Official Plan & Land Use Bylaw Frequently Asked Questions
An Official Plan describes policies on how land in your community should be used. It is prepared by a professional planner with local public input and helps ensure that future planning and development will meet the specific needs of the community. An Official Plan makes the public aware of the municipality's general planning policies; ensures that growth is coordinated and meets the community’s needs; helps all members of the community understand how their land may be used now and in the future; provides a framework for establishing development bylaws to set local regulations for zoning and development; helps reduce conflicting land uses while meeting local and provincial interests, and shows Council's commitment to the future growth of the community. Policies within an Official Plan are statements of intent. As such, they frame zoning and development provisions. Simply stated, the policy document is what the community wants to achieve.
If an official plan describes what the community wants to achieve, the Land Use Bylaw outlines how to achieve these goals. A Land Use Bylaw outlines the rules around how land may be subdivided and used; where buildings and other structures can be located; the types of buildings that are permitted and how they may be used; lot sizes and dimensions, parking requirements, building heights and setbacks from the street. Land use bylaws provide for the day-to-day administration and contain specific requirements that are legally enforceable. Proposed development that doesn’t comply with a zoning bylaw is not allowed, and the municipality can refuse to issue a development permit.
Once the new official plan and bylaw are in place, all subdivision and development applications will be submitted to the municipality, rather than to the Province. The municipality will be responsible for reviewing and issuing the approvals. Applications for building permits will continue to be submitted to the Province for approval.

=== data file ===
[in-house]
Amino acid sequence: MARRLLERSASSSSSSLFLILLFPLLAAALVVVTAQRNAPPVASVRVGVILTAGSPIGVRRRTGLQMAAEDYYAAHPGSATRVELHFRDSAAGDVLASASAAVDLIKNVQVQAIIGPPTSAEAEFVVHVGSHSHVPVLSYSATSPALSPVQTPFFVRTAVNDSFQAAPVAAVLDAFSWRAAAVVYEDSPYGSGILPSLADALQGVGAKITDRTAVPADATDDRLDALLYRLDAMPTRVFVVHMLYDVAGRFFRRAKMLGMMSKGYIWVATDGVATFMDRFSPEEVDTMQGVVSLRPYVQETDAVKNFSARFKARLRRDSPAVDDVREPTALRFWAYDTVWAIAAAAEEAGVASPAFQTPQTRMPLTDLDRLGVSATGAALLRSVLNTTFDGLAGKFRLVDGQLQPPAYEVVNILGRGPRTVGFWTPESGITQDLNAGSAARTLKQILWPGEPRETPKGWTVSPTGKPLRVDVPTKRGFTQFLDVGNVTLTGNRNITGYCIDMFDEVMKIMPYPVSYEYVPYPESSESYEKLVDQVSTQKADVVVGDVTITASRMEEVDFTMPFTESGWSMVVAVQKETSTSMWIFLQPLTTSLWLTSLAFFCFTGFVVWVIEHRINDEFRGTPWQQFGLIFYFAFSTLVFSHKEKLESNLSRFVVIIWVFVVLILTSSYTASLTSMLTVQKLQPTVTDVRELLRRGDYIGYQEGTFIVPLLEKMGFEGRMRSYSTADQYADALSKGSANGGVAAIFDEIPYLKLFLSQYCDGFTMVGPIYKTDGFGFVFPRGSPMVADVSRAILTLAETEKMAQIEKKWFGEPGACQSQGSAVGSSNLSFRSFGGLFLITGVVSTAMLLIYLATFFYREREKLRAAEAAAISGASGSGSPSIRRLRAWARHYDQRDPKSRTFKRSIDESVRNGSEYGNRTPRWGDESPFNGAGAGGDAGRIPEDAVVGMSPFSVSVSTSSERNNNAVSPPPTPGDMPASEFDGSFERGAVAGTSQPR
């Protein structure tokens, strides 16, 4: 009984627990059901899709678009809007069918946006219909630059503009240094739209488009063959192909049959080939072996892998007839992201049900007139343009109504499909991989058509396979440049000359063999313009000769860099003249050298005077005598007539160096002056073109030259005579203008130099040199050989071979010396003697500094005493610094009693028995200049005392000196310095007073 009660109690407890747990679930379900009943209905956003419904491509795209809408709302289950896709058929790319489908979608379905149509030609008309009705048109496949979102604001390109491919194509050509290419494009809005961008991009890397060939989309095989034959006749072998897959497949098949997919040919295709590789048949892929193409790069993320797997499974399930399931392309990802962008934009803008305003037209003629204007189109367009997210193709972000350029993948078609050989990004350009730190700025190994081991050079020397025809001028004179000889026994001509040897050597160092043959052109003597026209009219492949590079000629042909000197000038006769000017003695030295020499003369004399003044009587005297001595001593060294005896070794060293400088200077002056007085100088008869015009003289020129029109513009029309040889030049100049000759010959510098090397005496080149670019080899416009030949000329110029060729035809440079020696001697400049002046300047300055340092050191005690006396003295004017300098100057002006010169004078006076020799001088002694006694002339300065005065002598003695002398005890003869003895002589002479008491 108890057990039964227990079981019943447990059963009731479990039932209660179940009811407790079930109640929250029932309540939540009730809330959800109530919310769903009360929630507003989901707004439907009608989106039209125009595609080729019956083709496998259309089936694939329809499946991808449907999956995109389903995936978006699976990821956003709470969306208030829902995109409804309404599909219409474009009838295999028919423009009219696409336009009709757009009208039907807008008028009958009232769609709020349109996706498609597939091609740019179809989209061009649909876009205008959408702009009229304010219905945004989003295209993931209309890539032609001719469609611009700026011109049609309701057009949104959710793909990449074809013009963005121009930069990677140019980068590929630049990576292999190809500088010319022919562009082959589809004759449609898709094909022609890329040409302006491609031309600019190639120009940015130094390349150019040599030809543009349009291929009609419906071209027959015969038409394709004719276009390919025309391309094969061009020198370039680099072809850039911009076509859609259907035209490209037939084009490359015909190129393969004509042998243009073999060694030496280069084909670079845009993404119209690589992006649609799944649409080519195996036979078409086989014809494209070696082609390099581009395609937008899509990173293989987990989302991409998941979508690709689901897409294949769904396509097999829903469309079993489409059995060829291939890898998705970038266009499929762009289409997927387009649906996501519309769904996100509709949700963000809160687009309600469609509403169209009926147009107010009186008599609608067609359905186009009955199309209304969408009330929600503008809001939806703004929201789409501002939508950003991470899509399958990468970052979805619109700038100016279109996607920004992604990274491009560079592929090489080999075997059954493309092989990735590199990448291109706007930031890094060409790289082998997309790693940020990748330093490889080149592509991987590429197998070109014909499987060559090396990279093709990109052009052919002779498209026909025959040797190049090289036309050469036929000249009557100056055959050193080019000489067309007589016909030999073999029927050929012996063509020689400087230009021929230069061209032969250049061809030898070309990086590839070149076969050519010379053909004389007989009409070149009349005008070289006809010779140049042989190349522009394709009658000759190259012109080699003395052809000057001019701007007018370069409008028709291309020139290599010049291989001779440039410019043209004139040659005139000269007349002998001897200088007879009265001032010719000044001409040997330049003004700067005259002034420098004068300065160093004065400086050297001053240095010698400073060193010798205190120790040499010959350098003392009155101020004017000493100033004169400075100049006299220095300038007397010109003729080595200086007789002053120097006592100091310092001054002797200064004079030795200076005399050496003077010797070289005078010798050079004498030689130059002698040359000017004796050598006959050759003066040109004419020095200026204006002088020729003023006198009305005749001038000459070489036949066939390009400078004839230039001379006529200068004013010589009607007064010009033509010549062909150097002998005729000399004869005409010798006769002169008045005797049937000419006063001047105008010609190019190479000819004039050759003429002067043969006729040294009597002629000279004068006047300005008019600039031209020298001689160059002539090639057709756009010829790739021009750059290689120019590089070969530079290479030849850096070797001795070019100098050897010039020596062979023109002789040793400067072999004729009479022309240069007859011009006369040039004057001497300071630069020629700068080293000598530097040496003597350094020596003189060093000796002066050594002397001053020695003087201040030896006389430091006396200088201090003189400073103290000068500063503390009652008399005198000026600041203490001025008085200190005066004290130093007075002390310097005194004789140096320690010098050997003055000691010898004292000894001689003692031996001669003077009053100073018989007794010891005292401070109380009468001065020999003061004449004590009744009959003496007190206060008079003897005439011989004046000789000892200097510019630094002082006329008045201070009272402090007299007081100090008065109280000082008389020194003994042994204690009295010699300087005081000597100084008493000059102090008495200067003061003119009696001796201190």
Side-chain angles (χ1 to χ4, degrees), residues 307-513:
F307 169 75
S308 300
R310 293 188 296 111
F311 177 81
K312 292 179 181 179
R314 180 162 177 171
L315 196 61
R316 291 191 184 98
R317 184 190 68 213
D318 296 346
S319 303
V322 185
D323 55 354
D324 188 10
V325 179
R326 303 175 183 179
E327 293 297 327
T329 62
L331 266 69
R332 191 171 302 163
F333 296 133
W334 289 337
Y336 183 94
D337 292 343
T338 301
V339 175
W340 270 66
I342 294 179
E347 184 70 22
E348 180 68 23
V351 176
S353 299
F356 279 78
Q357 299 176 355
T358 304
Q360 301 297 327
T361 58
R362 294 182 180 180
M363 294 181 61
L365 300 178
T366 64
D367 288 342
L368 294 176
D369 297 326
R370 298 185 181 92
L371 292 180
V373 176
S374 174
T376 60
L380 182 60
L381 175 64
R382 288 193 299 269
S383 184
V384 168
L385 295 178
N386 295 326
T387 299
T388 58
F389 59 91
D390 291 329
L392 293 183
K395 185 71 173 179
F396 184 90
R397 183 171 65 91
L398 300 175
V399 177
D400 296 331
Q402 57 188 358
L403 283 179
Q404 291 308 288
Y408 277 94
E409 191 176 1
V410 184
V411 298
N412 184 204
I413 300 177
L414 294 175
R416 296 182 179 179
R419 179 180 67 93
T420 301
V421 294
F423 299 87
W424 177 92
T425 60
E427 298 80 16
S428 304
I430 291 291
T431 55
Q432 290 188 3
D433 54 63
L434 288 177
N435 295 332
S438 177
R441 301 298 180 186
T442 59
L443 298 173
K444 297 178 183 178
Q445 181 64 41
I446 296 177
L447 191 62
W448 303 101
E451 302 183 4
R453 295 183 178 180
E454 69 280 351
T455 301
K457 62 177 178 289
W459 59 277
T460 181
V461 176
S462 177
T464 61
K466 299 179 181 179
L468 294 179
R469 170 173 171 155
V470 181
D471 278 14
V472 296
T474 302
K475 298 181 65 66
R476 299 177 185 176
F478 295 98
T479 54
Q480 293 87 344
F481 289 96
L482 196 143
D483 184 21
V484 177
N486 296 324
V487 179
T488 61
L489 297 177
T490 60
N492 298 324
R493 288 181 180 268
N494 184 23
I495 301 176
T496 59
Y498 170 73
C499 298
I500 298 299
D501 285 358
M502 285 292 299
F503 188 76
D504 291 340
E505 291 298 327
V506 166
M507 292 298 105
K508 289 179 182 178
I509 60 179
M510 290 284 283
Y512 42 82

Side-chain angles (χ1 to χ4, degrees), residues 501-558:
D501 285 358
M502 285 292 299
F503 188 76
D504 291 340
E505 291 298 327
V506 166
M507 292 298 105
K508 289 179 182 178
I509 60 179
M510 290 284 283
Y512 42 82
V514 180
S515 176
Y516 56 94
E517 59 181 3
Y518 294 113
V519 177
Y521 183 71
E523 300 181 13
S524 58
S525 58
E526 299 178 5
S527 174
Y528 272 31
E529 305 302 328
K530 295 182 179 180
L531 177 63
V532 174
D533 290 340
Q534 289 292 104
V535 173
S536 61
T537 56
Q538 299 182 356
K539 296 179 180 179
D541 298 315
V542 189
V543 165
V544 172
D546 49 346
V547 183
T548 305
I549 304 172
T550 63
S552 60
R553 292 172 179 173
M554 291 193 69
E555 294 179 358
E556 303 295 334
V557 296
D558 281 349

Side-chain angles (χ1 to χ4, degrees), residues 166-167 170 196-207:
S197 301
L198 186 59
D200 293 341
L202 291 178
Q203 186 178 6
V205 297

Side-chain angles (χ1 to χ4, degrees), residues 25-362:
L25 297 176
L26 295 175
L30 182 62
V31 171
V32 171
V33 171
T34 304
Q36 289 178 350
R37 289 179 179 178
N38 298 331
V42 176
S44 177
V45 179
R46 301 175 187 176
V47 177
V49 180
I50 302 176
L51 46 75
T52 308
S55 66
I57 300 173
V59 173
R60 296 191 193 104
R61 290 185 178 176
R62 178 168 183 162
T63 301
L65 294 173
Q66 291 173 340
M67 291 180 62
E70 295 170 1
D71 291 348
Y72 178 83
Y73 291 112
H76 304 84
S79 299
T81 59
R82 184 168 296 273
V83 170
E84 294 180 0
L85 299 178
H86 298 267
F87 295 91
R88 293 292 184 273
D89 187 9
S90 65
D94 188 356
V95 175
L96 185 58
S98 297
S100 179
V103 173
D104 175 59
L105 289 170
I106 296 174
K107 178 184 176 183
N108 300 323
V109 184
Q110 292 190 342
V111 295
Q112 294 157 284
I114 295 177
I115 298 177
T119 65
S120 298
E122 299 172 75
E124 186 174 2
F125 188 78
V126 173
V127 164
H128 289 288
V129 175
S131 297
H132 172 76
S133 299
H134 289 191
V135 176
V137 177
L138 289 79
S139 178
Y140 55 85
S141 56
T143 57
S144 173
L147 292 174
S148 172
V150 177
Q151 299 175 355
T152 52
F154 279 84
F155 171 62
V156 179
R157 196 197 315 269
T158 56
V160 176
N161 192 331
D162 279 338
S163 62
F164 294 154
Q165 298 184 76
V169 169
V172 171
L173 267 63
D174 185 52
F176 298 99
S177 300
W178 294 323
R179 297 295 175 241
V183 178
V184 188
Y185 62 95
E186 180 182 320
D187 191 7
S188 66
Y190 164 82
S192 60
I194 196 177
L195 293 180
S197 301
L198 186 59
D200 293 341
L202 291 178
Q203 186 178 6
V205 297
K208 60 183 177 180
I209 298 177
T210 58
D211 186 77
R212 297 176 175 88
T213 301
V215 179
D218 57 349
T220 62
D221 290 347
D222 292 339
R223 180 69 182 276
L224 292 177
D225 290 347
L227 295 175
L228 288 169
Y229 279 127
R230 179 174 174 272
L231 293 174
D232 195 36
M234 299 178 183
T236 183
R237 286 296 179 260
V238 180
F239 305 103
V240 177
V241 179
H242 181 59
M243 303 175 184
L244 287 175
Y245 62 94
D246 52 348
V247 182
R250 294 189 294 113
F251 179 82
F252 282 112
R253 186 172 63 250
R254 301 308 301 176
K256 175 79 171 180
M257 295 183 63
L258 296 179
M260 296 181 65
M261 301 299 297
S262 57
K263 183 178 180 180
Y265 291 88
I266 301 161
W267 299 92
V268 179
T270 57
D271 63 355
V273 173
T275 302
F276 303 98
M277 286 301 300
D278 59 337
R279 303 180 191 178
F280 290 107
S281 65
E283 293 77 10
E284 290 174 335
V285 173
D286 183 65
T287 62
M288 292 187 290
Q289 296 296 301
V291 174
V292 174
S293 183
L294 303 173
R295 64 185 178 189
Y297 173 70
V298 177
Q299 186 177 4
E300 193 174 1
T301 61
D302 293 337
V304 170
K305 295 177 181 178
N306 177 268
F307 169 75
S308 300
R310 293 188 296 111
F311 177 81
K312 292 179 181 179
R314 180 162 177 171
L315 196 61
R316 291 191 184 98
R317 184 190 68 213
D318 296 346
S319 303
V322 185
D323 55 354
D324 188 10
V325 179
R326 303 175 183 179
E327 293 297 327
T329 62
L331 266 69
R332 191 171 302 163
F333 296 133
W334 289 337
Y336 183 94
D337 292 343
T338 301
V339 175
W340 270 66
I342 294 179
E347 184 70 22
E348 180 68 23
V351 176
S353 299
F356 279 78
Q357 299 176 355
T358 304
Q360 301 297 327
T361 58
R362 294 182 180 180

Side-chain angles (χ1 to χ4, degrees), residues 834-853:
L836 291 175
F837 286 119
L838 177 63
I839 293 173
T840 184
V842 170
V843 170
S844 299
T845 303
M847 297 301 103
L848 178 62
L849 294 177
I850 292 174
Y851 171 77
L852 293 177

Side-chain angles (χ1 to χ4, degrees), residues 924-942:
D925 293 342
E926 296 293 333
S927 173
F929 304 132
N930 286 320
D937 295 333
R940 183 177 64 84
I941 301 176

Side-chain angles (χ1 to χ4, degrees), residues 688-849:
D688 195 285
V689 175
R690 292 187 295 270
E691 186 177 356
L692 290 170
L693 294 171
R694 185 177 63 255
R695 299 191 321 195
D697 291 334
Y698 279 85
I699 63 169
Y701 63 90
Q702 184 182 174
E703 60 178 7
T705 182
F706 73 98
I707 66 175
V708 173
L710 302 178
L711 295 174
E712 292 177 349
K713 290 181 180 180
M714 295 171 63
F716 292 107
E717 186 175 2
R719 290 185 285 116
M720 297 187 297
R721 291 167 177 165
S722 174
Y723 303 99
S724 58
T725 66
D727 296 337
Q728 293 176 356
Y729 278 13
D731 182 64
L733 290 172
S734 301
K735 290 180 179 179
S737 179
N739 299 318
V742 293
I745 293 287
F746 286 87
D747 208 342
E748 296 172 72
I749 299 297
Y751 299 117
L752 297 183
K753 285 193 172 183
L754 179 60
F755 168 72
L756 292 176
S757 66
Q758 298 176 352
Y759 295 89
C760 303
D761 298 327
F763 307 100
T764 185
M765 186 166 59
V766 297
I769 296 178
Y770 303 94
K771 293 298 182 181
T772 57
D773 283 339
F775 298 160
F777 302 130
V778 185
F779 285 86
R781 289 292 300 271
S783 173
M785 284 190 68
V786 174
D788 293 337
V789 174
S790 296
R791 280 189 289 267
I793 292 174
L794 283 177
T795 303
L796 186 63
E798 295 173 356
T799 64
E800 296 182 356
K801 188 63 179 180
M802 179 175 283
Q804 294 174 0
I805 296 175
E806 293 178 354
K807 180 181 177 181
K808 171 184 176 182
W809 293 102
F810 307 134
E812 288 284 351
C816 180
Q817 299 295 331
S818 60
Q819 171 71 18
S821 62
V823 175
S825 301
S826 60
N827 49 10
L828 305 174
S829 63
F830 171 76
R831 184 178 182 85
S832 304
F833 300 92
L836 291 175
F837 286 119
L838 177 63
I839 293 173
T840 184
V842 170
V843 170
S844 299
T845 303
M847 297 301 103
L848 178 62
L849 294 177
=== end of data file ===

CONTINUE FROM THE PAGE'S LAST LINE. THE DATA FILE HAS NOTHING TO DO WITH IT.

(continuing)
The official plan provides a policy context for decisions about land use, helping residents, property owners, and other members of the community understand the types of uses that are likely to be added around them over time. The policies describe the priorities, goals, and objectives relating to land use in the municipality.
Municipalities have a significant amount of discretion in establishing those policies and development standards but may not be any less stringent than applicable provincial minimums. These provincial requirements tend to be related to minimum standards for lot s with on-site services, setbacks from wetland and watercourses and other environmental protection standards, and transportation requirements.
The Special Planning Area (SPA, aka buffer) rules will remain in place until such a time as they are removed or replaced by the Province, but the municipality has a bit of discretion to set out a slightly different approach to managing development – provided the official plan and bylaw meet the primary objectives set out in the SPA regulations.
Future land uses will be organized through zoning, where a range of permitted uses are established for each zone in the bylaw.
All changes in standards and zoning go through a public process before the council makes a decision on the proposed change.
Zoning and other standards apply to new subdivisions and land uses and are, generally speaking, not retroactive.
Differences from provincial approaches include the use of zoning, the requirement for public meetings on certain uses deemed to have a greater potential for land use conflicts, development constraints in future flood risk areas, directing multi-lot subdivisions to certain areas through a rezoning process, and not tying secondary suites such as garden suites to family members or people under or giving care. Further, in contrast to the provincial system, a public meeting would be required any time there is a change to the plan and bylaw.